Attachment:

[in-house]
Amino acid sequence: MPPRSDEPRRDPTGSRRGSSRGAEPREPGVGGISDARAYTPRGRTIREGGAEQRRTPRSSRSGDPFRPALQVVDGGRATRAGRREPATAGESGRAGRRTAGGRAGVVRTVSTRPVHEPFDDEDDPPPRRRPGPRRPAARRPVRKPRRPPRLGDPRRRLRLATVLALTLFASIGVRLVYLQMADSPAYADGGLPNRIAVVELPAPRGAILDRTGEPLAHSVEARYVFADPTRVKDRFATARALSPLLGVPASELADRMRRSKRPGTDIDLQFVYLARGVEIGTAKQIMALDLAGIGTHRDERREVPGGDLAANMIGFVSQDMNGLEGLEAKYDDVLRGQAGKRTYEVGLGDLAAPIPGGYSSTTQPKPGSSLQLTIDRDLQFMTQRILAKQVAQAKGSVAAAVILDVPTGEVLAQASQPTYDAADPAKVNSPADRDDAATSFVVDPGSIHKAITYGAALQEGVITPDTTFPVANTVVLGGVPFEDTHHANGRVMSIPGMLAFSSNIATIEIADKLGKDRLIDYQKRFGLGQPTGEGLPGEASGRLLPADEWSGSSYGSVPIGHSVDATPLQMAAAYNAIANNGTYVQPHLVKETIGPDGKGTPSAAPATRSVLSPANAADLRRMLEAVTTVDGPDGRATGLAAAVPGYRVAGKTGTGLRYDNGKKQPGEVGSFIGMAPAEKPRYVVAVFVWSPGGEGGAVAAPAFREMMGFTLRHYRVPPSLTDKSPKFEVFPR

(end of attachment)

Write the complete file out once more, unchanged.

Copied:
[in-house]
Amino acid sequence: MPPRSDEPRRDPTGSRRGSSRGAEPREPGVGGISDARAYTPRGRTIREGGAEQRRTPRSSRSGDPFRPALQVVDGGRATRAGRREPATAGESGRAGRRTAGGRAGVVRTVSTRPVHEPFDDEDDPPPRRRPGPRRPAARRPVRKPRRPPRLGDPRRRLRLATVLALTLFASIGVRLVYLQMADSPAYADGGLPNRIAVVELPAPRGAILDRTGEPLAHSVEARYVFADPTRVKDRFATARALSPLLGVPASELADRMRRSKRPGTDIDLQFVYLARGVEIGTAKQIMALDLAGIGTHRDERREVPGGDLAANMIGFVSQDMNGLEGLEAKYDDVLRGQAGKRTYEVGLGDLAAPIPGGYSSTTQPKPGSSLQLTIDRDLQFMTQRILAKQVAQAKGSVAAAVILDVPTGEVLAQASQPTYDAADPAKVNSPADRDDAATSFVVDPGSIHKAITYGAALQEGVITPDTTFPVANTVVLGGVPFEDTHHANGRVMSIPGMLAFSSNIATIEIADKLGKDRLIDYQKRFGLGQPTGEGLPGEASGRLLPADEWSGSSYGSVPIGHSVDATPLQMAAAYNAIANNGTYVQPHLVKETIGPDGKGTPSAAPATRSVLSPANAADLRRMLEAVTTVDGPDGRATGLAAAVPGYRVAGKTGTGLRYDNGKKQPGEVGSFIGMAPAEKPRYVVAVFVWSPGGEGGAVAAPAFREMMGFTLRHYRVPPSLTDKSPKFEVFPR